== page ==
So before we begin I wanted answer the most essential question that some of you MIGHT have, what in fact is a media TV player? Well, this is a self-contained unit with some dedicated hardware that has a focus on dedicated functions.
In the case of the Playon!HD series that's content playback of photos, music but most of all video content. The last topic is where the Playon!HD is specialized in. Typically when we build a HTPC (Home Theater PC) we tend to put down significant money for a motherboard, processor, memory, power supply, storage and the chassis. And if the unit does not have a graphics subsystem, we often add a dedicated graphics card as well to be able to enjoy full 1080P content. A simple HTPC starts at 250~300 EUR really.
This is what the Playon!HD series does best, playback high-definition content, the units are based on a 400 MHz Realtek 1073 IC, specialized in media capabilities. The Playon!HD and Mini supports JPEG HD, BMP, GIF, TIFF and PNG picture formats, while audio support covers MP2/3, OGG, WMA, WAV, AAC, COOK and FLAC, Dolby Digital or DTS pass-through and stereo down-mixing - even DTS-HD is supported.
When we look purely at the video side of things we notice that the box can play back anything you can think of, including HD MPEG 2/4, H.264, WMV9/VC-1 and RM/RMVB (up to 720p) codecs in AVI, ASF, DAT, FLV, MKV, M2TS, MP4, MOV, M4V, RM, TS, TP, TRP, VOB/ISO/IFO, WMV, and xVid/DivX containers with SRT, SMI, SSA, IDX and SUB subtitles and full menu video previews. And yes, there's even proper support for 1080p 24.
We reviewed both the 1GB HDD version and the Mini. Youll find almost the same connectivity on the Mini as found on the rear panel of the full-size Playon!HD, though it lacks that models co-axial digital audio output and side-mounted memory card reader.
These boxes offer HDMI 1.3, proper component and composite video outputs, twin USB inputs and non Mini versions support up to 2TB hard drives and Ethernet.
You'll see in the product gallery that Wireless-N Wi-Fi is an option as well, for roughly 20 EUR you can pop in a wireless dongle and go WiFi with fully configurable settings from within the Playon!HD boxes.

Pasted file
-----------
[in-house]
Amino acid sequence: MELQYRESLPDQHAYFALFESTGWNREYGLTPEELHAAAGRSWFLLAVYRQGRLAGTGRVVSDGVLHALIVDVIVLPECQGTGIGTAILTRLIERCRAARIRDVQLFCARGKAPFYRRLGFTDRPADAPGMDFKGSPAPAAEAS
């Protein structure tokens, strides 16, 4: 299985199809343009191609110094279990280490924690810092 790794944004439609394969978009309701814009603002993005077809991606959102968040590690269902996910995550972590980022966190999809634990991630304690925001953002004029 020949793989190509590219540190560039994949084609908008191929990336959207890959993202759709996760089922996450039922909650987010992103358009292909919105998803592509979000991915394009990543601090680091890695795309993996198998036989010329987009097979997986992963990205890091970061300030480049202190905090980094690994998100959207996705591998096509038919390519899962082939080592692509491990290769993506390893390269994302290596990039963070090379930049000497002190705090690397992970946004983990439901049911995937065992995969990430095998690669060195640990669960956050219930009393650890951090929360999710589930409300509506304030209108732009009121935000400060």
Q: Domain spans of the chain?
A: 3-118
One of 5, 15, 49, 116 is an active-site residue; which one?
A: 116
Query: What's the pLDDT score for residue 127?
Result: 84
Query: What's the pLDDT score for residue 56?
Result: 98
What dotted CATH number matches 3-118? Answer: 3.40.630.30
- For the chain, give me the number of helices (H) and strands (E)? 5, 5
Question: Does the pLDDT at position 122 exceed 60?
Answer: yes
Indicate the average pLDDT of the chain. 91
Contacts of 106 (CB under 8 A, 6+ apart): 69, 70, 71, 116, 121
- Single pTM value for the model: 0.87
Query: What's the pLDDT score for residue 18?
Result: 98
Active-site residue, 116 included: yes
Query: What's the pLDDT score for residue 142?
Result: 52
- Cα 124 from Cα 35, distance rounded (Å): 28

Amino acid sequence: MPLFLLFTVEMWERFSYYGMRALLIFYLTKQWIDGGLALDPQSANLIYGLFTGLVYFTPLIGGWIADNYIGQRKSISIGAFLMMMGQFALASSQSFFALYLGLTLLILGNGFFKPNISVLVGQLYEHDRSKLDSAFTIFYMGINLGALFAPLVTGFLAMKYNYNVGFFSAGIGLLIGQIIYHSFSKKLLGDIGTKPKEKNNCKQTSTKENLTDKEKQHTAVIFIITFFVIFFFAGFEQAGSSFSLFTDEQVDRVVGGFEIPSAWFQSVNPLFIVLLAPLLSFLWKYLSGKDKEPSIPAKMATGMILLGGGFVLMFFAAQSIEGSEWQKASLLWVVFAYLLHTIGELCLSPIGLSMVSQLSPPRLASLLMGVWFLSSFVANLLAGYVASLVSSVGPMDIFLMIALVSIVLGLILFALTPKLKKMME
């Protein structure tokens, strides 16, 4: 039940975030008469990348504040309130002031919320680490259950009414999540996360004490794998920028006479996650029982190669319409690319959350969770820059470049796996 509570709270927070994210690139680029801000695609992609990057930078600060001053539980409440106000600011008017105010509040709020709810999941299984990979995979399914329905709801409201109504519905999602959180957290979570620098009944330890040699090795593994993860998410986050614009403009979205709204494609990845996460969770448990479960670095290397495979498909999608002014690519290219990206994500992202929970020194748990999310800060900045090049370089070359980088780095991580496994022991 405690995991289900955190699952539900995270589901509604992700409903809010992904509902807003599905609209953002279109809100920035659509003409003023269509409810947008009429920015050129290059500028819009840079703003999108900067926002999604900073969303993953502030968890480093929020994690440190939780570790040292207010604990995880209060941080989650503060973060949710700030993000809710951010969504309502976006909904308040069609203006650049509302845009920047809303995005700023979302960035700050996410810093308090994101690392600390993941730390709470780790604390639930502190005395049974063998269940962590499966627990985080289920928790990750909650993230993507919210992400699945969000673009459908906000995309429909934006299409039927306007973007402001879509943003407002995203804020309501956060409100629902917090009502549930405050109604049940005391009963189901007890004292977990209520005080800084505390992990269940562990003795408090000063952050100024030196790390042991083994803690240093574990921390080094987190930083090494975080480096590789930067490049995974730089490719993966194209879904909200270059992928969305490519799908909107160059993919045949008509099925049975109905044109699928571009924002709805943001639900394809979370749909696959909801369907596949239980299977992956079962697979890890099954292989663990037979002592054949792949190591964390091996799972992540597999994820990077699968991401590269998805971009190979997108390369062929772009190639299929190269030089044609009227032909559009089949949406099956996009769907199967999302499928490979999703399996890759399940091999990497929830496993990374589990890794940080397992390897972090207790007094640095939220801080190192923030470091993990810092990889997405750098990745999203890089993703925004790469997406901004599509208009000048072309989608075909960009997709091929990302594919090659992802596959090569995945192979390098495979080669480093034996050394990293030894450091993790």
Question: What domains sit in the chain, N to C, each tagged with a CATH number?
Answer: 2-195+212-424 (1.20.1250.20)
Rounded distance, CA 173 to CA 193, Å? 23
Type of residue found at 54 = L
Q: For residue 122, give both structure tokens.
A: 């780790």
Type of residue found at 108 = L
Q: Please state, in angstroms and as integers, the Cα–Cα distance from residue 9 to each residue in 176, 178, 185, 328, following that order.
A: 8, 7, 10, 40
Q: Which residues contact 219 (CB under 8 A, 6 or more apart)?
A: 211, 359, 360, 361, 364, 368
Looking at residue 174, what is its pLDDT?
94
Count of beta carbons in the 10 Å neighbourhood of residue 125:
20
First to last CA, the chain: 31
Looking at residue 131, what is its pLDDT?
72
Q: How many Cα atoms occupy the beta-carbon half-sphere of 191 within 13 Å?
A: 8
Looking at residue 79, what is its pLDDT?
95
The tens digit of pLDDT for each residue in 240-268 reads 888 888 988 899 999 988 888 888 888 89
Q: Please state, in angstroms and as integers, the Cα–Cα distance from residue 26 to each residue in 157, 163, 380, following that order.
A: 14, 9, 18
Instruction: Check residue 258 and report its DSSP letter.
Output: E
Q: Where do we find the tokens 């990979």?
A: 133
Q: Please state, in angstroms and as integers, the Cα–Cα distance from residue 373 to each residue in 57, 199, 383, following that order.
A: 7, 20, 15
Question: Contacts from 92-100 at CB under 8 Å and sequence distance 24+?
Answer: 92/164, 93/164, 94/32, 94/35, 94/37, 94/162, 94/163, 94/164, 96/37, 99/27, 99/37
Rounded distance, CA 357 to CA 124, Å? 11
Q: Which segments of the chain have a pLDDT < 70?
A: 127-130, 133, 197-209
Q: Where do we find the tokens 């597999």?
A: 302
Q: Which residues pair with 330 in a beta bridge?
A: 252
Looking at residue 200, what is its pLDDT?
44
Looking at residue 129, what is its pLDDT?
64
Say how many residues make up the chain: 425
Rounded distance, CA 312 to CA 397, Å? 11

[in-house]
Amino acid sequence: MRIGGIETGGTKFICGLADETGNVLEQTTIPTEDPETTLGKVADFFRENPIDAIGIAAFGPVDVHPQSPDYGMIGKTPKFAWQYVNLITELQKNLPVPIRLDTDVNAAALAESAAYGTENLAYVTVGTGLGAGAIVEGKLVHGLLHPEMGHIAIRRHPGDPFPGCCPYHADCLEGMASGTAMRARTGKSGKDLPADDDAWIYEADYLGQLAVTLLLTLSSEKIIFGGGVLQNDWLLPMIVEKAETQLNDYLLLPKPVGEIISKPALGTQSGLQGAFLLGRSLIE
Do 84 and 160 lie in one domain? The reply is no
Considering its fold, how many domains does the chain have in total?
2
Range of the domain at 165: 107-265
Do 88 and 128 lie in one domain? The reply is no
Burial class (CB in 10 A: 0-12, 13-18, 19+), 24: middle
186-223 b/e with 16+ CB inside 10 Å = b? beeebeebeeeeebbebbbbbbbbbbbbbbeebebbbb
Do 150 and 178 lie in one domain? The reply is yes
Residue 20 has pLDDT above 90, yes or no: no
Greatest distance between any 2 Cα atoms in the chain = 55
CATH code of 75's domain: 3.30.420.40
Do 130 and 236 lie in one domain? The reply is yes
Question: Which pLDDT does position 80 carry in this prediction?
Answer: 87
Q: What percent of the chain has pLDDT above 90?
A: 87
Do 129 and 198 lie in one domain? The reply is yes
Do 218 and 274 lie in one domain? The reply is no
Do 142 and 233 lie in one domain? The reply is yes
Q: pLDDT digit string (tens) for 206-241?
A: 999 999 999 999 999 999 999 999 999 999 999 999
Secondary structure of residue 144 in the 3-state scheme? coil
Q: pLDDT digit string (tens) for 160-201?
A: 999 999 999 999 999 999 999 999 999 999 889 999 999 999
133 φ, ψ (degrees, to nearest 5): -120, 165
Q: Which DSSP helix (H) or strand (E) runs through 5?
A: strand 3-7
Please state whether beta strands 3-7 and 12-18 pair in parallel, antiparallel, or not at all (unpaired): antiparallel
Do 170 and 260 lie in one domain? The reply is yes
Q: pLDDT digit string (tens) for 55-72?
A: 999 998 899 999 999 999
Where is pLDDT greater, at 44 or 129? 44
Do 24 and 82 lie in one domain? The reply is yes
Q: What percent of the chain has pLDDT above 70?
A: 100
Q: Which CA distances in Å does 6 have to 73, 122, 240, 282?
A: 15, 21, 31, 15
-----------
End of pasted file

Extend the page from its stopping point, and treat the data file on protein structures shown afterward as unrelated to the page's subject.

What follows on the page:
As if things are not enough features wise, you'll get analogue stereo and digital optical audio out as well, so that means that all the basics are very well-covered. Audio wise all foreseeable formats are supported. We obviously recommend you to output HDMI towards a proper AV receiver, have that decode sound (pass-through) and then head onwards towards the preferably Full HD (1080P) telly.
Anyway, talk is cheap ... let's have a look at the product gallery.
AC Ryan Veolo Review The market is continuously changing, the biggest trend last year where tablets, Android entered the market and that certainly changed the balance of smart phones. The concept proofs that you can do a lot of stuff with very little hardware, yet it remains intuitive. With that concept in mind AC Ryan started developing a new media hub slash player, in fact I shouldn't call it a media-player really as it is much more then that. The end product is called the Veolo.
The Veolo is AC Ryan's version of a media 'HUB' powered by Android 2.2 (Froyo).
AC Ryan PlayOn!HD 2 1TB review The interesting thing about the PlayOnHD series 2 media-players is that they come standard with the new and very much improved GUI but also hardware wise harbor the latest Realtek 1185 chipset, and that changes a thing or two as the performance issues we had noticed in 1080P content playback (with very high bit-rate) are now a thing of the past. That Realtek 1185 chipset has an increased clock frequency, 500 MHz coming from 400 MHz on the original version. And it makes all the difference. Meanwhile AC Ryan started to further improve on the PlayOn!HD 2 as you'll spot a USB 3.0 slave port which you can use to quickly play back from or transfer files.
AC Ryan PlayOn!HD 1TB and Mini review Today we test the Playon!HD 1TB and Playon!HD Mini with new updated firmware, both products are media streamers, they can sniff your network for photo's, music, but most of all these little kits are specialized high-definition content playback up-to 1080P, and that's where stuff gets interesting.